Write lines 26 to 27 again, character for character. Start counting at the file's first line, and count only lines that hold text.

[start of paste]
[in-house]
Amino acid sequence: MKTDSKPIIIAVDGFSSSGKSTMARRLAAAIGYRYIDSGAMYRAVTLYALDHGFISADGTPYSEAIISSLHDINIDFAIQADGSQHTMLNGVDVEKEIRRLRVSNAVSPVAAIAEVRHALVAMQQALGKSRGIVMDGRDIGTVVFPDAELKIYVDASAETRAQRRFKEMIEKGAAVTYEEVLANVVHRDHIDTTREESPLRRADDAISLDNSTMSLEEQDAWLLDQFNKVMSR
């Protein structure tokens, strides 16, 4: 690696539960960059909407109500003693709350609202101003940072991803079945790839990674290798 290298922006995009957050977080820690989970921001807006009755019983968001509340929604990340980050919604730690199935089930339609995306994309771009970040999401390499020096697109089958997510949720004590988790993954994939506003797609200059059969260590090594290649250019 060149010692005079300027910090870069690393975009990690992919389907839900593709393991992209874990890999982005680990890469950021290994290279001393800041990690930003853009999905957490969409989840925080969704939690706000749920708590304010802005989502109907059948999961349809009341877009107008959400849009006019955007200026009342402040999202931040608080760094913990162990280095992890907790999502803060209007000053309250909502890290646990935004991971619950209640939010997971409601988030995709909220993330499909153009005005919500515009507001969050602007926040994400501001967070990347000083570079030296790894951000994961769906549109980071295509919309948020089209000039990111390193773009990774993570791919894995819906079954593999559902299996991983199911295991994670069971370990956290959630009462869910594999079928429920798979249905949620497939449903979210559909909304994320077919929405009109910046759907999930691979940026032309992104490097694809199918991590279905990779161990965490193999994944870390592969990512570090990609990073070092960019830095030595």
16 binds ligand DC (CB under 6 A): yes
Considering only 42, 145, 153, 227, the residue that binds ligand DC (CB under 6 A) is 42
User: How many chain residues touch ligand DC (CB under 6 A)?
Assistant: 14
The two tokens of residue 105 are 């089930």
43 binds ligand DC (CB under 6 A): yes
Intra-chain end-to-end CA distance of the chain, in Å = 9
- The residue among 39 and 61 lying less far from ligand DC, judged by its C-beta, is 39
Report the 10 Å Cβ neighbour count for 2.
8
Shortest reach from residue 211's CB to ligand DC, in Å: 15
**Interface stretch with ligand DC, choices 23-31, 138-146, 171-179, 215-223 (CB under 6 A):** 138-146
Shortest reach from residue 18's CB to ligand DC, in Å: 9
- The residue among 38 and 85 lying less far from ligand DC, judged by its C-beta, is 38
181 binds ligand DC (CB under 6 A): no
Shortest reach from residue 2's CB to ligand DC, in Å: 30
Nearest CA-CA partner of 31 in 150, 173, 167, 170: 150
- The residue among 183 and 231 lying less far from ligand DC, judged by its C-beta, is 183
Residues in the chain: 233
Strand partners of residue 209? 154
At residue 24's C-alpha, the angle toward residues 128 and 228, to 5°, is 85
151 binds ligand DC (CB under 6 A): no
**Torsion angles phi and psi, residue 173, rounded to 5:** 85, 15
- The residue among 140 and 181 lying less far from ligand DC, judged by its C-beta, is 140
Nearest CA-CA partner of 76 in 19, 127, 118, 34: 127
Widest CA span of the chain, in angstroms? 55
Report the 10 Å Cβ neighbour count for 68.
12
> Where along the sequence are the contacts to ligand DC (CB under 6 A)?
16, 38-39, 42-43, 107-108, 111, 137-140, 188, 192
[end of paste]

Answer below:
**Torsion angles phi and psi, residue 173, rounded to 5:** 85, 15
- The residue among 140 and 181 lying less far from ligand DC, judged by its C-beta, is 140